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Re: Contest Music by Wilfrid Heaton
Yes, but in the case of the trombone parts to Contest Music, it does
actually mean "not much to play". And with Cloudcatcher Fells. Oh yes,
and also Variations on Shining River by Edmund Rubbra which is to be
used at this year's Grand Shield. I am not a professional musician.
This is my hobby, not my job. In fact, I pay out of my own pocket to
play in my band. We played Cloudcatcher twice last year in contests -
and got a 4th place and a 1st place on it. But even so, a two hour
rehearsal on the 40-50 bars of Grisedale Tarn was more than I could bear
- I played for just 4 bars. Yes, when I'm listening, I love
Cloudcatcher, Contest Music and the rest of them - but I prefer to play
something a bit more challenging, even it is of less musical worth.
Imagine you're an amateur snooker player, and you pay a tenner a month
to play snooker twice a week, and for most of the time you have to stand
there and watch your mates playing and eventually you get a couple of
shots and then you go home. I understand that brass band fans like to
listen to nice music, but without happy players, there won't be any more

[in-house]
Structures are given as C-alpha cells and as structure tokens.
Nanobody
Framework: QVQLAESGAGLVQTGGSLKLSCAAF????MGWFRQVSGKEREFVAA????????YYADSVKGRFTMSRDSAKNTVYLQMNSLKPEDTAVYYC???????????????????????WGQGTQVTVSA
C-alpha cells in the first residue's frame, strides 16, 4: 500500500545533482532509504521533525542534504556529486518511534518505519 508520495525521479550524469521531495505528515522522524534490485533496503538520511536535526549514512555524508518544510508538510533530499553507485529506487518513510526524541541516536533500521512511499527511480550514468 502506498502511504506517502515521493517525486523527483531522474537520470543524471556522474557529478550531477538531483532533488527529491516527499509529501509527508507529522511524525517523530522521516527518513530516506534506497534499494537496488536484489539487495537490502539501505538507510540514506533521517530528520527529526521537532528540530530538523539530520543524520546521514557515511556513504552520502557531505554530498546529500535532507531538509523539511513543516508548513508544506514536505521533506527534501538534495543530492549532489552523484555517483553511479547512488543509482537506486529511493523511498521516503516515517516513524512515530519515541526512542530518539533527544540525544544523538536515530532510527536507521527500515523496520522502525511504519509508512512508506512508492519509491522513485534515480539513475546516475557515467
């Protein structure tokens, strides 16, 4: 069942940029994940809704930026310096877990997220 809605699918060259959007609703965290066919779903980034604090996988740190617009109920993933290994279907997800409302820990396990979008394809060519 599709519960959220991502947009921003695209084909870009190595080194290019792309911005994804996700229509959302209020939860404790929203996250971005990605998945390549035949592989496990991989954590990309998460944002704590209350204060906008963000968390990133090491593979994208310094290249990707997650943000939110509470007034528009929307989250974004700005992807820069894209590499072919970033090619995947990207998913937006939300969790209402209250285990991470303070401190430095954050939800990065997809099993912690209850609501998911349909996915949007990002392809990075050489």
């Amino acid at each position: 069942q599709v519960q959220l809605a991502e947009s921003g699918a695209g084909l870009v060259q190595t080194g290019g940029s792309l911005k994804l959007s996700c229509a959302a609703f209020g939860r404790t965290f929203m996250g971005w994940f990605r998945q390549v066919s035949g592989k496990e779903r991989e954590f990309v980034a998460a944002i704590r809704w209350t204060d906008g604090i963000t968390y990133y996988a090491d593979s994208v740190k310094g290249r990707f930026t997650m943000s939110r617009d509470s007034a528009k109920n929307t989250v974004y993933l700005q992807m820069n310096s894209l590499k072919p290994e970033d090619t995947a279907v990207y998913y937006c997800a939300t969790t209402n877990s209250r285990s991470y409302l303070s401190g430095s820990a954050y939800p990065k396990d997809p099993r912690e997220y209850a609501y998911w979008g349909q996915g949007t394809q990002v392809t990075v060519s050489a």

of it around.
And if anyone can convince me that the cornet cadenza in Contest Music
is there purely for its musical value, I will buy them a pint. And for
those who believe is transcends the boundaries of brass band test-
pieces, I urge them to take a quick look at the title...
Incidentally, Contest Music is the inspiration for Variations on an
Enigma, the area test piece. It's nowhere near as good as Heaton's work
(the structure of it is so sterile it verges on the unbelievable - it's
the closest a brass band gets to A Young Persons Guide to the Orchestra
- all we need is a narrator: 'Variation 3 - These are the trombones!')
but I'd much rather be playing it than Contest Music.
Basically, I prefer playing music than counting bars rest, and that's
all there is to it.